The holiday season is upon us, and while it is unusual this year, one tradition that persists is holiday giving. Donations to charities rise dramatically during the months of November and December and often supply much of a charity’s budget for the entire year. Tips to service workers and gifts between neighbors and friends bring joy and enrich the community.

In light of social distancing guidelines, your HOA may have to avoid certain holiday traditions this season. While you look for ways to continue sharing the holiday spirit, community members must evaluate the associated legal and ethical issues with gift-giving.

As always, be sure to consult your legal team for specific information about your local and state laws and regulations regarding giving and accepting gifts.

Use of Association Funds

All members of the homeowner’s association pay regular fees or dues to the HOA to be a member of the community. These fees make up a publicly held fund used to manage the community and are known as “association fees.” They are typically required under the Covenants, Conditions, and Restrictions held within the board’s governing documents, which means that association fees are legally mandated payments. They are not donations; they must be used for specific purposes within the HOA.

While it may be tempting to dip into association fees for charitable giving or holiday tips, it may not be ethical—or legal. According to the Los Angeles Times, HOA boards that use association funds for charitable giving are placing themselves at risk. “Given the dire consequences attached to the mandate for titleholders to pay assessments, homeowner association boards are not in a position to give any money away as tips and bonuses.” While it is true that courts typically defer to HOA boards to make the best use of their funds, boards are also bound to make “sound business decisions.” If a litigant can show that the board acted in bad faith, fraud, or gross overreaching, the HOA board may be held liable for misuse of association funds.

Gifts to Board Members

It is also tempting to give board members gifts of appreciation during the holiday season, but gifts can be considered “compensation” under some state laws. The amount to which a gift makes up compensation varies from state to state. Joseph Adams, an attorney in Fort Myers, Florida, suggests avoiding gifts to board members entirely. “The general theory of the relatively broad immunities in the law for association directors is that they are volunteers. Payment, even if a token, goes against the grain of that theory and could be raised by someone looking to hold a board member liable for some issue.”

Individual gifts from one member of the community to another, even a board member, are not always considered compensation. Still, board members should be wary of the value of any gift they receive. Nevada law, for example, limits board members from receiving gifts that exceed $100 from attorneys, employees of law firms or vendors, or “any person responsible for the construction of the applicable community or association.” (NRS 116.31185). These limitations and issues rarely apply to employees of the association that regularly receive compensation.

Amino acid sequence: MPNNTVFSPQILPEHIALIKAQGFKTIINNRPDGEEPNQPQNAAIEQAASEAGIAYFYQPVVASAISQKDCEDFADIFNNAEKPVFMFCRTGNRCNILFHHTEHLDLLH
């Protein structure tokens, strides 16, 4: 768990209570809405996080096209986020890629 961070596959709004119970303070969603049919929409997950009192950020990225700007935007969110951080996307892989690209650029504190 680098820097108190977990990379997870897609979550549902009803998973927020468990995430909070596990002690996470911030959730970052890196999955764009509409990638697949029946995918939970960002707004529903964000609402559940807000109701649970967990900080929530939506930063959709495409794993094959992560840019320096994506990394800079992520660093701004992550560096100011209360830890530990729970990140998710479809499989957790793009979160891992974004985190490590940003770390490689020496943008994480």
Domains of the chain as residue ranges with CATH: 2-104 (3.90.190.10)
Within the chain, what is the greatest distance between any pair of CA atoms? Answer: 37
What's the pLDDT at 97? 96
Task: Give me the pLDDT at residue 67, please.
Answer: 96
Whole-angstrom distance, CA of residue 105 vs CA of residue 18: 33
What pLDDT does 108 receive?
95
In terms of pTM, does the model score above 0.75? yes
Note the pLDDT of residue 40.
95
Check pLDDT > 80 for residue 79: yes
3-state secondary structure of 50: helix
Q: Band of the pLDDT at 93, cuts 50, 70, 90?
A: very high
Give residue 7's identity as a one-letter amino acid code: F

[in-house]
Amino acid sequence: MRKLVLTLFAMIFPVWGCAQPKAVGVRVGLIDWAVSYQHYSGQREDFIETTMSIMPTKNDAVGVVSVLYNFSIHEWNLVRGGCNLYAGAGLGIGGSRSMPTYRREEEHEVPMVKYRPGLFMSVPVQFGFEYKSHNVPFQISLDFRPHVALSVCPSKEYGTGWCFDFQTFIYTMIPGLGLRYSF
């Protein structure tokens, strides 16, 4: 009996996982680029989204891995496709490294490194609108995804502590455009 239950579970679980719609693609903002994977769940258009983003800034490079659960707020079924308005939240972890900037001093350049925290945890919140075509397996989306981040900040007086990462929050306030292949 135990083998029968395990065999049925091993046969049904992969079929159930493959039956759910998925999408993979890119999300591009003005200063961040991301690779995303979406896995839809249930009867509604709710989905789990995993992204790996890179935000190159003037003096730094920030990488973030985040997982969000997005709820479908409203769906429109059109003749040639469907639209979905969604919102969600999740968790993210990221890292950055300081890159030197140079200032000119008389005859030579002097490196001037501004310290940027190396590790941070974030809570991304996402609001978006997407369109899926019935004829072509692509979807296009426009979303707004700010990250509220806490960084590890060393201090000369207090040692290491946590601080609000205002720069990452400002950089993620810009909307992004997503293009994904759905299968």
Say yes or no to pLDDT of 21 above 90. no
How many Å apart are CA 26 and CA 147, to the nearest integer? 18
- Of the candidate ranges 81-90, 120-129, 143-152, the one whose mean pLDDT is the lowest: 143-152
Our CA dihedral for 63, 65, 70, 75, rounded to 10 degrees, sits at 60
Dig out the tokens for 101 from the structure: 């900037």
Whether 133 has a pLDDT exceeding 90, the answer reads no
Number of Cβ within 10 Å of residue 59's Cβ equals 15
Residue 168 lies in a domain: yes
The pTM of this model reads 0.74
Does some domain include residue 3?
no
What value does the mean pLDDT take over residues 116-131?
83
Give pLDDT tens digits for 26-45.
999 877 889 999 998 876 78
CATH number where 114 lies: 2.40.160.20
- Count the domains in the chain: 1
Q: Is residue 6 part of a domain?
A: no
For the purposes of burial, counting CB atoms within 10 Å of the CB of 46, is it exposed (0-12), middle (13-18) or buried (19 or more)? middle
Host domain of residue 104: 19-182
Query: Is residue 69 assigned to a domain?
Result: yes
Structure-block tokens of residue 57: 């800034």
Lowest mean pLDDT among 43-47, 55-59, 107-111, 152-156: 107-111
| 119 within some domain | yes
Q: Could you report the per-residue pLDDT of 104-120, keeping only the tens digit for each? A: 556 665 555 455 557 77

Avoiding the Appearance of Impropriety

Even when gift or charitable giving is legal, board members should remember that accepting or giving gifts can create unwanted issues. Florida law prohibits board members from accepting any good or service for their own benefit from anyone providing goods and services to the community. However, this paragraph does not prohibit an officer, director, or manager from accepting services or items received in connection with trade fairs or education programs. (FS 718.111). This law does not prohibit board members from accepting items from trade fairs or educational programs.

A community’s faith in its board can be damaged by ethical violations or even the appearance of impropriety. In order to avoid these kinds of issues, some boards have placed restrictions on giving and accepting gifts beyond what is required by state law.

Here are a few ethical questions to address before you engage in holiday giving in your HOA this season:

  1. What are the laws governing gift-giving in my state? Have I consulted the HOA’s attorney before giving or receiving any gifts?
  2. Who is receiving the donation? Are they considered a vendor or attorney? A charity? A board member, neighbor, or friend?
  3. From where is the money coming? Will this be drawn from association funds or personal donations? How was this money raised?
  4. What or who might present a conflict of interest? Are there any relationships, circumstances, or potential influences that would create the appearance of impropriety or unfair treatment?

While the holidays are a time of giving, board and community members must reflect on how their choices will impact the community. Speak with your legal team and consider consulting a third-party attorney before using any association funds or accepting gifts as a member of the board.

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